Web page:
The Packs have always used their special adopted pets to reach out to others. Right now, the Edgerton, Mo. family hopes those in the community will find reason to give back this time.
Deborah Pack, her husband Ronnie and their 17-year-old daughter Jordain have become known for taking in animals without a home.
Right now, they have a 22-week-old English Bulldog in need of corrective surgery. With a cost of more than $2,000, the Packs are asking for donations to help provide the needed care for Stanley, born with sinus issues, a cleft palate and excess teeth.
Many bulldogs are born with defects, and most are euthanized as puppies.
“We always have given; we’ve never asked for anything in return,” Deborah Pack said. “This time, it was like, ‘We need help to get this puppy where he needs to be.’”
Veterinarians have recommended the corrective surgery to take place in March. In the first two weeks of collections, the Packs have already raised more than $900.
There are collection jars set up for Stanley at Goin’ Postal (1302 Platte Falls Rd., Platte City, Mo.) and Jeff’s True Value (2300 Kentucky Ave., Platte City, Mo.), which has also agreed to host a bulldog kissing booth from 11 a.m. to 2 p.m. on Saturday, Jan. 31. Those interested can donate $1 to the cause with a kiss for Stanley optional.
Donations can also be made out to Stanley’s Fund at Citizens Bank.
If any excess funds are collected, Deborah Pack plans to use those funds to help other animals in need.
“It’s so amazing we’ve collected that much so far because people know the work we’ve done over the years with kids,” said Deborah Pack, who also gushed about the support already received in her hometown and throughout the area. “When they saw we needed help, it was like everybody has gave beyond giving.”
Deborah Pack has big goals for Stanley, a product of her continuing work with animals in need of special care. In 2003, she adopted an orphaned goat whose mother was killed in a hay baling accident. She later cared for a pair of ducklings — one of which she still has today — and eventually moved on to disadvantaged bulldogs.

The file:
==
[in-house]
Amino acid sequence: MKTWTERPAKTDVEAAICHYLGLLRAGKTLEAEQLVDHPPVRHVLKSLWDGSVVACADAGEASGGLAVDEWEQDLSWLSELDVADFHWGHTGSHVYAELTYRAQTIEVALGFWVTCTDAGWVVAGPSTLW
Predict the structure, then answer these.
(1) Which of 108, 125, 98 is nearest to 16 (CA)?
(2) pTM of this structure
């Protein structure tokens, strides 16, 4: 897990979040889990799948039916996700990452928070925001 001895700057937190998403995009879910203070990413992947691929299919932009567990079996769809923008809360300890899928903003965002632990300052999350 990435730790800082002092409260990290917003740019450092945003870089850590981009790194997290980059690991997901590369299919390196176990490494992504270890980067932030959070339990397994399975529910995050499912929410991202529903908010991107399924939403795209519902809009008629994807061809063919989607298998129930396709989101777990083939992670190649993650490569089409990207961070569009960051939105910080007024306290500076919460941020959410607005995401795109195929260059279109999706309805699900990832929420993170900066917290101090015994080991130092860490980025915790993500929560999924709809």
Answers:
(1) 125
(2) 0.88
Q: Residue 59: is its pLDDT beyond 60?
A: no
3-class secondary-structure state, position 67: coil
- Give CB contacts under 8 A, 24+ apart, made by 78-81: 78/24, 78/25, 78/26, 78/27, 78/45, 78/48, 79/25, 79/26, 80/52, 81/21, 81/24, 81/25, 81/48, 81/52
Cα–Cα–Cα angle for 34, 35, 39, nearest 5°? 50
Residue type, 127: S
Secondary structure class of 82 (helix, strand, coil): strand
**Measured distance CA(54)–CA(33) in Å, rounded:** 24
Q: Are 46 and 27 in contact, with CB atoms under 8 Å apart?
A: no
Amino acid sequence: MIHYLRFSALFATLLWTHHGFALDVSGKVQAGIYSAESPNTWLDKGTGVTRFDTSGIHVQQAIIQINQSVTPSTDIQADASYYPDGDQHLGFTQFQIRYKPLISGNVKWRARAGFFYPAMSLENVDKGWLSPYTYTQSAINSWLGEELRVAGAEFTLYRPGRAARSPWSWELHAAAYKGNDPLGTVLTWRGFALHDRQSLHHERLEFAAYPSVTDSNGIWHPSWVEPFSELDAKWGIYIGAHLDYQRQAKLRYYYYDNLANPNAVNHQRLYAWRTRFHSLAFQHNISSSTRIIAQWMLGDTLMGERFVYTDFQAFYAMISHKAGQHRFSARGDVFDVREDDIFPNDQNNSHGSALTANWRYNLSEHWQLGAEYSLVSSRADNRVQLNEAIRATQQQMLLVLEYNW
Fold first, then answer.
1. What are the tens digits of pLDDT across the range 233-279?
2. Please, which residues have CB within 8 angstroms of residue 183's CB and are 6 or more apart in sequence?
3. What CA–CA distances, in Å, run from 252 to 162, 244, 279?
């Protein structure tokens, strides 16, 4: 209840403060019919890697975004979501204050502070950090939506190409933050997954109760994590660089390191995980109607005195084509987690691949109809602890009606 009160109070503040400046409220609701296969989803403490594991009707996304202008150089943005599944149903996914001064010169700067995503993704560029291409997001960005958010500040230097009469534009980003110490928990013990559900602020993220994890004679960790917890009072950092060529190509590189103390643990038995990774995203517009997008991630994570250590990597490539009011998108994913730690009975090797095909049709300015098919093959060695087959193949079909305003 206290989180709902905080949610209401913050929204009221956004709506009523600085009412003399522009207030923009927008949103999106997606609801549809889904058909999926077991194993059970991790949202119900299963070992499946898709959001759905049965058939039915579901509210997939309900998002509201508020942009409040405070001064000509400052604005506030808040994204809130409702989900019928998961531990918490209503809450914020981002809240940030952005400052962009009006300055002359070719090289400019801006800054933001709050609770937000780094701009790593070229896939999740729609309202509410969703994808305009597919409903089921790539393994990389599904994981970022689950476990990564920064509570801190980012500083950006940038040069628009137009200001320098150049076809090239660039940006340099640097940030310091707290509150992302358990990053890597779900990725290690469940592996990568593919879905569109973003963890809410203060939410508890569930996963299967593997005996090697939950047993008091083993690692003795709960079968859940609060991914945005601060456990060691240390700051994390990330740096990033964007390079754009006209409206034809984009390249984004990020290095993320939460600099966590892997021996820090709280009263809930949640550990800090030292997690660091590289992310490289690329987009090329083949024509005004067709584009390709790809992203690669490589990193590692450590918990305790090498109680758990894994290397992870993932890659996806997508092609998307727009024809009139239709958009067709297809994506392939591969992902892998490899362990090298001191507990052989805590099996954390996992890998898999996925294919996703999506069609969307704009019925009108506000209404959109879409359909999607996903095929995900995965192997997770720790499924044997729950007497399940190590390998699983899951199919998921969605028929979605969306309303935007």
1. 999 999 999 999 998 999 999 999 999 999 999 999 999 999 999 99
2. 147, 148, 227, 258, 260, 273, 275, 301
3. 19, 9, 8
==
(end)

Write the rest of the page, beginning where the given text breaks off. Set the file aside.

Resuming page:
Stanley and his brother Oliver, who was born deaf, are currently in her care, and she’s raised five total.
Four of those, including Oliver, have been born deaf, and she’s used them in community outreach to try and teach life lessons to children about those who are different. The Packs visit interested groups, and Deborah Pack has taken many of the animals with her to work at various childcare facilities where she has worked, including currently at Kid’s Zone in Liberty, Mo.
Oliver and the other deaf bulldogs have learned sign language and were generally accepted quickly. Stanley’s cleft palate — a cosmetic issue that will not be addressed with the physically necessary — surgery presents a different problem.
“A lot of people don’t accept that,” Deborah Pack said. “Some people just stare at him; other people won’t come up and touch him. They’ll touch (Oliver), but they won’t touch him.
“I thought, ‘Those are adults that act that way. How are these kids going to act?’ … They went past (the physical deformity).”
Deborah Pack is unsure of Stanley’s life expectancy because there are so few dogs with his condition that have been allowed to mature into adults.
With whatever time he has left, Stanley will have a chance to expand his service to the community. He and Oliver will soon be taking classes to become certified safety dogs, and Deborah Pack hopes to help him become a part of Children’s Mercy’s Pet Pals for Patients program.
Of course, that status might depend on whether Stanley can become a patient himself and receive the necessary surgery to repair his physical issues.